Charles Everett Bauch was born in Dorchester, Massachusetts, on May 26, 1897, son of Charles A. and Margaret Bauch. He attended the Huntington School and Tufts College in Boston, Massachusetts, and on April 20, 1917, enrolled in the US Naval Reserve Force as a Motor Machinist. He was commissioned Ensign USNRF on June 4, 1918, and was promoted to Lieutenant (jg) on September 16, 1919. On November 8, 1921, he was honorably discharged to accept appointment as Ensign in the US Navy, and subsequently advance to Lieutenant (junior grade) (permanent) on June 4, 1923, and to Lieutenant (permanent) on June 4, 1926.
After his enlistment in the Naval Reserve Force, he was graduated from Aviation Ground School, Massachusetts Institute of Technology, and on June 20, 1919, he was designated Naval Aviator (Dirigible), having qualified as a Free Balloon and Airship Pilot with the Naval Aviation Detachment at Akron, Ohio, and also held the designation Naval Aviator (Airship).
From June 1918 until September of that year he was attached to the Naval Air Station, Rockaway, Long Island, New York, then reported to the Navy Department, Washington, DC, where he was assigned to the Bureau of Construction and Repair. From August 31, 1921 until March 9, 1923, he served in the newly established Bureau of Aeronautics, Navy Department, leaving there for an assignment at the Naval Air Station, Lakehurst, New Jersey. He was the pilot of the Navy’s first semi-rigid airship, and also was on the initial flight of the C-7, the first airship to be inflated with helium.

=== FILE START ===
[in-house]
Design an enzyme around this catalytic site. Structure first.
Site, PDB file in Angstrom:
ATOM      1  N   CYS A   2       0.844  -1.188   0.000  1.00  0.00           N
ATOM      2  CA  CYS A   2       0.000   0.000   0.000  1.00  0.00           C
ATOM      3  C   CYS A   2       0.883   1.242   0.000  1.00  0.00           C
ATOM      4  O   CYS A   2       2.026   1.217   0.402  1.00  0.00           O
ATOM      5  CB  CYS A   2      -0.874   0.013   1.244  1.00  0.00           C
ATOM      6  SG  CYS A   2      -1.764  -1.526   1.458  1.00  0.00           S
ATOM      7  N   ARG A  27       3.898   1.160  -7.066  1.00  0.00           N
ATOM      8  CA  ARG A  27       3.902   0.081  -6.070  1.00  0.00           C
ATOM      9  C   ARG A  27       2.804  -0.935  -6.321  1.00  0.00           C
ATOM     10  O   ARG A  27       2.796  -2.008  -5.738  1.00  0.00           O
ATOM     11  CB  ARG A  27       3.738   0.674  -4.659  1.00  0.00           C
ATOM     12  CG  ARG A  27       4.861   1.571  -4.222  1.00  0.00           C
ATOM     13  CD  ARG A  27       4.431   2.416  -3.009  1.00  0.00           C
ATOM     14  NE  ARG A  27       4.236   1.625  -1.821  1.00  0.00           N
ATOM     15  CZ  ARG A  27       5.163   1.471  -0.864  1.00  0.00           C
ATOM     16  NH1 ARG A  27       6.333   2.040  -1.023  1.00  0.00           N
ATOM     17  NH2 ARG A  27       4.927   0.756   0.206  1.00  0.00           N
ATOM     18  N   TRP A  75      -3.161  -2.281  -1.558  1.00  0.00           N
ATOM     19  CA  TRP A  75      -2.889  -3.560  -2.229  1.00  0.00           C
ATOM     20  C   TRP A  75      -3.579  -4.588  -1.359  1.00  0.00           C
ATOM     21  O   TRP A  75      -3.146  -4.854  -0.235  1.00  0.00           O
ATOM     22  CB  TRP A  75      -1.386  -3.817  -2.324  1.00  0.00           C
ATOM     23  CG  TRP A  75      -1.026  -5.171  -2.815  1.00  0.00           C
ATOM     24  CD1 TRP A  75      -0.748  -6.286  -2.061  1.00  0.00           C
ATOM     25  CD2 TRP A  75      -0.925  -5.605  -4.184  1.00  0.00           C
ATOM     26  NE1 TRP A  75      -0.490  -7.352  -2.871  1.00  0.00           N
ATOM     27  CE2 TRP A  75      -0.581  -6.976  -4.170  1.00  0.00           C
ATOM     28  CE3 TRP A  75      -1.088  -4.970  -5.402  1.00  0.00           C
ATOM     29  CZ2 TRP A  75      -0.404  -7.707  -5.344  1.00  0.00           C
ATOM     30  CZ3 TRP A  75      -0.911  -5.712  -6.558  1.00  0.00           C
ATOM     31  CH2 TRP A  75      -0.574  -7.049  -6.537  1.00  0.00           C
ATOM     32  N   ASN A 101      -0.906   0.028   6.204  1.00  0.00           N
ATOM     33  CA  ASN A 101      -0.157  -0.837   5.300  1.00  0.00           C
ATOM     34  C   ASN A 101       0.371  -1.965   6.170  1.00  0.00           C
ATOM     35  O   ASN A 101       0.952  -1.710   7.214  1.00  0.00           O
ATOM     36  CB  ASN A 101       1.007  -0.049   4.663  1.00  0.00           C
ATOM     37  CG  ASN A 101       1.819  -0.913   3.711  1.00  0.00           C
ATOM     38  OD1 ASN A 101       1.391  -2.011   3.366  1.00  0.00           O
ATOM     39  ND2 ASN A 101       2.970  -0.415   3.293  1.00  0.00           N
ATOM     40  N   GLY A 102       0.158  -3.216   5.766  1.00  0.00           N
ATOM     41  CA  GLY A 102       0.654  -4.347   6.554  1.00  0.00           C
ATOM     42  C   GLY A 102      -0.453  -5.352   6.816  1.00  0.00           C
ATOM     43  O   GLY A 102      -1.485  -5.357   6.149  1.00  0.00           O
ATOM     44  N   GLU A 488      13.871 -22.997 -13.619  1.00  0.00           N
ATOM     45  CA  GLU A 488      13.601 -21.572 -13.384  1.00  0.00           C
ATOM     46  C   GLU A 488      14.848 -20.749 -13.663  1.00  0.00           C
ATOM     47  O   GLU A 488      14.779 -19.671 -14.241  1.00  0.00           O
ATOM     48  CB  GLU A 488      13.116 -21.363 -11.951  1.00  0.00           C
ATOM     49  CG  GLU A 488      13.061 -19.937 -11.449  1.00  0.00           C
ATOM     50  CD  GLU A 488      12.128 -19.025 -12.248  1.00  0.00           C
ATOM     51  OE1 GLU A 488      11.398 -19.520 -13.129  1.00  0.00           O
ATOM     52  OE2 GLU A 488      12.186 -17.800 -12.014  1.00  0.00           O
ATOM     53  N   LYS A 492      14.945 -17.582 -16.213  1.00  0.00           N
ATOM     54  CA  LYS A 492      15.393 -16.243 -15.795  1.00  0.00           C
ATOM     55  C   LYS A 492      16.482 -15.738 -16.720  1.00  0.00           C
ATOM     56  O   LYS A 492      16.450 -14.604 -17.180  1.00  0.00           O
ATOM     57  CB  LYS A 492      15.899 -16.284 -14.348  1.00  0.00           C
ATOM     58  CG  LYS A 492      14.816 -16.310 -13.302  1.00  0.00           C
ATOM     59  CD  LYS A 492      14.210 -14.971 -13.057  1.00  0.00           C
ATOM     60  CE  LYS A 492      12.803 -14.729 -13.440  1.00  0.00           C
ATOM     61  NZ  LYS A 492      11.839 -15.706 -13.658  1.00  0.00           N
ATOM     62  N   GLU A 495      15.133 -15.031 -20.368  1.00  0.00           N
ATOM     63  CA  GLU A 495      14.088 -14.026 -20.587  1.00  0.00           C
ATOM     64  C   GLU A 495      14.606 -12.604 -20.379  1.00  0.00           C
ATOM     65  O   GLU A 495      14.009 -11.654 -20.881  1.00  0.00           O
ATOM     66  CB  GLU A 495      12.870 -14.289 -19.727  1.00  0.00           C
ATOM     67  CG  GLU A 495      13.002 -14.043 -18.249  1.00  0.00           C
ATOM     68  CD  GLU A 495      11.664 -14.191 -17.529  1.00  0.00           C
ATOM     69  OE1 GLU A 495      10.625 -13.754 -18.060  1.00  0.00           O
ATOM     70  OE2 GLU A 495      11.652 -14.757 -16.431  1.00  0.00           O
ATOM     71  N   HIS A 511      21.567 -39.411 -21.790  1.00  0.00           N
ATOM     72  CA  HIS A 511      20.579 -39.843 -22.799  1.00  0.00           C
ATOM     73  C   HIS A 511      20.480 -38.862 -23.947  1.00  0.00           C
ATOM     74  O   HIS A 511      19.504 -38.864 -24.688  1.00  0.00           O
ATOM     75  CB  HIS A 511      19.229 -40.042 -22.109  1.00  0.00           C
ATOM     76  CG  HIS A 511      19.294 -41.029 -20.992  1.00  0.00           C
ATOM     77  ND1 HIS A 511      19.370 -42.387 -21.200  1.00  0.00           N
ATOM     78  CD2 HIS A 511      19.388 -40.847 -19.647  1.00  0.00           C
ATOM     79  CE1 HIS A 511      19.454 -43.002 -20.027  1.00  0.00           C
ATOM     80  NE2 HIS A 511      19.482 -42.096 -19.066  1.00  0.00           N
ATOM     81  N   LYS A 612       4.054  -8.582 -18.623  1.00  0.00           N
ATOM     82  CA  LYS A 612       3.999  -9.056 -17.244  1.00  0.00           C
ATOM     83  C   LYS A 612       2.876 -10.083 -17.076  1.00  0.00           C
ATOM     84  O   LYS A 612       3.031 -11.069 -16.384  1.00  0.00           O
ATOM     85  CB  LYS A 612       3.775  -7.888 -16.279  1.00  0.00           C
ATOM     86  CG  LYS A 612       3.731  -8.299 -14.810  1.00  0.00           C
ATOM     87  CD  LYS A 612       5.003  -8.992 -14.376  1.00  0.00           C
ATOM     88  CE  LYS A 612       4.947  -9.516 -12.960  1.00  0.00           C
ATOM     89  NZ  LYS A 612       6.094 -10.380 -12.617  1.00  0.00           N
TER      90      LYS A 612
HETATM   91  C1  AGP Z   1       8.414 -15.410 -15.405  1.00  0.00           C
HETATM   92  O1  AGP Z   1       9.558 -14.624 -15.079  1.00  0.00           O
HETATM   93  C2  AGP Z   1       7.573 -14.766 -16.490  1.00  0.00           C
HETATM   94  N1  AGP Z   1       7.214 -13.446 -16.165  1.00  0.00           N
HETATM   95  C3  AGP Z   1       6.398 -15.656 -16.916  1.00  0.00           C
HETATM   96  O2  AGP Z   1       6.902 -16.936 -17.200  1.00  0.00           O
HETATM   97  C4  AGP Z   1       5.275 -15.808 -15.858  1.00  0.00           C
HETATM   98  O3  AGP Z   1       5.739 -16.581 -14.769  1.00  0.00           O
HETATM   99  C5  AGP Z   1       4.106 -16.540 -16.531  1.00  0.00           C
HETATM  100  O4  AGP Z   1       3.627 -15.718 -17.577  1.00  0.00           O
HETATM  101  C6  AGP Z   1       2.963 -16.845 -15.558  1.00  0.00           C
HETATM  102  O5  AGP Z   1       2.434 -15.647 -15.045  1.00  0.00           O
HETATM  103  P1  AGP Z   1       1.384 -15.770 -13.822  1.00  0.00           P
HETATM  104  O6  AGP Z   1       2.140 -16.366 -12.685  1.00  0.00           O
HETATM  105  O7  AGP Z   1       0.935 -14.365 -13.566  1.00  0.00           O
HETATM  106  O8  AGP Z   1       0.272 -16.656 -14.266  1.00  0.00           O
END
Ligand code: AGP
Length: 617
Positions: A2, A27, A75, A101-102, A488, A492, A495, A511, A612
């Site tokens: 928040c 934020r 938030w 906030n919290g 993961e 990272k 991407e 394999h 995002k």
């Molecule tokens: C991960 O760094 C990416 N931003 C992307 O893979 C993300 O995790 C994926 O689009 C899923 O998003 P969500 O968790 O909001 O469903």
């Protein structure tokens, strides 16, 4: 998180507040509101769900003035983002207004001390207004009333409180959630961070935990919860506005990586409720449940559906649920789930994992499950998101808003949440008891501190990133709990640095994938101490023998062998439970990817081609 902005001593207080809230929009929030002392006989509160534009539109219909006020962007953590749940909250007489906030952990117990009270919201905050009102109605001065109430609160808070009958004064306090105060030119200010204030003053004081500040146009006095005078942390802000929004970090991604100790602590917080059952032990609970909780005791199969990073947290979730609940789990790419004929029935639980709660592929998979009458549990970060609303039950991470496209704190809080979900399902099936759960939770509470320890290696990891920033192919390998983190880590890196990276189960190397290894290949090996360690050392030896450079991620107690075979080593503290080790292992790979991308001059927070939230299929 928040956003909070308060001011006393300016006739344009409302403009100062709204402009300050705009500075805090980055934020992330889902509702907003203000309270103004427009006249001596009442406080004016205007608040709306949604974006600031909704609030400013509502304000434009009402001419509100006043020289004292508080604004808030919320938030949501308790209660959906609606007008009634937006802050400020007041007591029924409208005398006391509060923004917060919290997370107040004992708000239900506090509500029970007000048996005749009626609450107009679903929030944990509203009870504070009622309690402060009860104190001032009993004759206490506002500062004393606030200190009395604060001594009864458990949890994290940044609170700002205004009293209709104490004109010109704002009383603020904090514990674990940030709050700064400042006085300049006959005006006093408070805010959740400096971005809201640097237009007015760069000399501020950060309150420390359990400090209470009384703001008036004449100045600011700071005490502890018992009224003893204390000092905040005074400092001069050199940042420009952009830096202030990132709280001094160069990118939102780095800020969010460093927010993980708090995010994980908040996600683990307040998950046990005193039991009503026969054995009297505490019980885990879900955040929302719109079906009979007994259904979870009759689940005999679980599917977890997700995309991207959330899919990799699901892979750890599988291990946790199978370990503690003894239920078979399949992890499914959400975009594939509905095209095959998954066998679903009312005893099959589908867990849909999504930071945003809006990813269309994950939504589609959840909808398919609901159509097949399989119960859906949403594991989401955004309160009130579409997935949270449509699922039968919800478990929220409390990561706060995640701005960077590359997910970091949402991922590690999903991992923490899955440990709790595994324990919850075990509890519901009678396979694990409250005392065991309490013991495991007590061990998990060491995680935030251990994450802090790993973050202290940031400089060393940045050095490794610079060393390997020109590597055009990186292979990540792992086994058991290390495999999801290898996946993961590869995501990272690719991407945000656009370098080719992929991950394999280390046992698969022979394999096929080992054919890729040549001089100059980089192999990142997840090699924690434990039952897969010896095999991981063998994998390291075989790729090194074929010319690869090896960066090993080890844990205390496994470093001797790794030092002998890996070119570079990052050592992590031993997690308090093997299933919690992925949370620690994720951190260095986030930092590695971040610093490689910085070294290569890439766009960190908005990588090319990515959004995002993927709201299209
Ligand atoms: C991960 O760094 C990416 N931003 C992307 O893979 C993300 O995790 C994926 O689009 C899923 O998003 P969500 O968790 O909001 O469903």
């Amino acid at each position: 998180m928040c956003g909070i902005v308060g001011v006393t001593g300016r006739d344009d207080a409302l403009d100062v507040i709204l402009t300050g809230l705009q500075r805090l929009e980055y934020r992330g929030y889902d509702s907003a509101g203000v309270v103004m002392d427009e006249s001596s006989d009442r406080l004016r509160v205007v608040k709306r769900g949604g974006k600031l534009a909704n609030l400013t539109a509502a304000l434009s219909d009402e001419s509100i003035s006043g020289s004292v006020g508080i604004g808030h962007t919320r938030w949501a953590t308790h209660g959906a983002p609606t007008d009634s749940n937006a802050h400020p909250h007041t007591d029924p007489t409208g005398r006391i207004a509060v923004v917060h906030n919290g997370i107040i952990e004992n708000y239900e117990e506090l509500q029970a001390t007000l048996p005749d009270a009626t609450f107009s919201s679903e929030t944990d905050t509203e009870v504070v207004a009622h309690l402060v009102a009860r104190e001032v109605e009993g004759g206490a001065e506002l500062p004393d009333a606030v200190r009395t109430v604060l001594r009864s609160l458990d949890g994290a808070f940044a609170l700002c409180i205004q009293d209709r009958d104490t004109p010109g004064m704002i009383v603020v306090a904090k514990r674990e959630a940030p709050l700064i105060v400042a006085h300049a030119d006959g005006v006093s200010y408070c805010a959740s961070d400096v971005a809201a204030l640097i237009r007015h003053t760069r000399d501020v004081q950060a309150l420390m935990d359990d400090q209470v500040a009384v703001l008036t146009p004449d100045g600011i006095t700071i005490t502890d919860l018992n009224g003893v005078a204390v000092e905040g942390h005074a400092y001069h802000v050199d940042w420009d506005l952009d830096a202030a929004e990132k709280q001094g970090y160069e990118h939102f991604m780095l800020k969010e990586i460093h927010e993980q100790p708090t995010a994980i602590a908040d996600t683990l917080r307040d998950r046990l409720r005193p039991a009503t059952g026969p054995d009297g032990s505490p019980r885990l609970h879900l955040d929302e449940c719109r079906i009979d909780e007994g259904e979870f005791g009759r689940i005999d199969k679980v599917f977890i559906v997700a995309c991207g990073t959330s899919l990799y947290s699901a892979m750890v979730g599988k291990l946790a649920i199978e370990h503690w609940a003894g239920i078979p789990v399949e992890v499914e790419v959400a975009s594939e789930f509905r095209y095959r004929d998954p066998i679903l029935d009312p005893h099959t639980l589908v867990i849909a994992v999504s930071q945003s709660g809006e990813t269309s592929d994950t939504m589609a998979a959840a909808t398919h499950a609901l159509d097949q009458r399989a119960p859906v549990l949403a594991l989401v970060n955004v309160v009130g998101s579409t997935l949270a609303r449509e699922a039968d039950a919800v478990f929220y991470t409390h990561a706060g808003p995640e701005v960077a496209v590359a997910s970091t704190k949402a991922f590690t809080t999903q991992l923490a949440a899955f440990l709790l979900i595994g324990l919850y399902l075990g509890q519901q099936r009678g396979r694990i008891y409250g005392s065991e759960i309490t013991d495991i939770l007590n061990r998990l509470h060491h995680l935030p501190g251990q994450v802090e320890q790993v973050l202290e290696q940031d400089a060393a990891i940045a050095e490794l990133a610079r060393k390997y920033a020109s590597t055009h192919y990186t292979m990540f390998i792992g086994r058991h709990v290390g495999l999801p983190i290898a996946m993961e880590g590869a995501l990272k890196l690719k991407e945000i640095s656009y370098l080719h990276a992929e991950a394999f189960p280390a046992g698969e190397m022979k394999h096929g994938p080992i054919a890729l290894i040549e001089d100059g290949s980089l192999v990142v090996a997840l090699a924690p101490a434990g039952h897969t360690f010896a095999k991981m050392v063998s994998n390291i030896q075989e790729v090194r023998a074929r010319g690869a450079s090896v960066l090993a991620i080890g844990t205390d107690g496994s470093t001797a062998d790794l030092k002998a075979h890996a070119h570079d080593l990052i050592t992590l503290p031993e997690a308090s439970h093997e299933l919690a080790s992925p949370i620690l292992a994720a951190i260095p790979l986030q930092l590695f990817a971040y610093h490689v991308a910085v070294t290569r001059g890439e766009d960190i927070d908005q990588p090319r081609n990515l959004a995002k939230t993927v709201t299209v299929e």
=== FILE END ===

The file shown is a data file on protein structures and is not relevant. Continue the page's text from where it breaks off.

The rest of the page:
During the construction of the dirigible Shenandoah, he was serving as Assistant to the Manager of Construction, at the Naval Air Station, Lakehurst, and was a member of the trial crew of the Shenandoah and a member of her regular complement until her destruction near Ava, Ohio, in September 1925. Landing in the after-section of the dirigible, he directed the efforts of the survivors in that portion of the ship to save themselves. He had made the transcontinental flight of the USS Shenandoah in 1924, and subsequently made flights in the USS Los Angeles as a member of her crew during the period November 1926 until July 1930. He had also made the flight to Friedrichshafen, Germany, in 1928, and had additional duty there for a short while.
On February 12, 1931, he was ordered to Akron for duty in connection with fitting out the Navy’s new rigid airship, the ZRS-4, and on board when commissioned. He reported on March 18, 1931, having been the first officer ordered to the ZRS-4, the trials of which were to be held in July. On March 31, 1931, returning from a dinner, where he was Guest of Honor he was killed when the car which he was driving (Lieutenant, now Vice Admiral, Thomas G.W. Settle was a passenger in the car) was wrecked near Akron. He was buried in Arlington National Cemetery early in April 1931.
Lieutenant Bauch had the Victory Medal, Aviation Clasp, for service in World War I.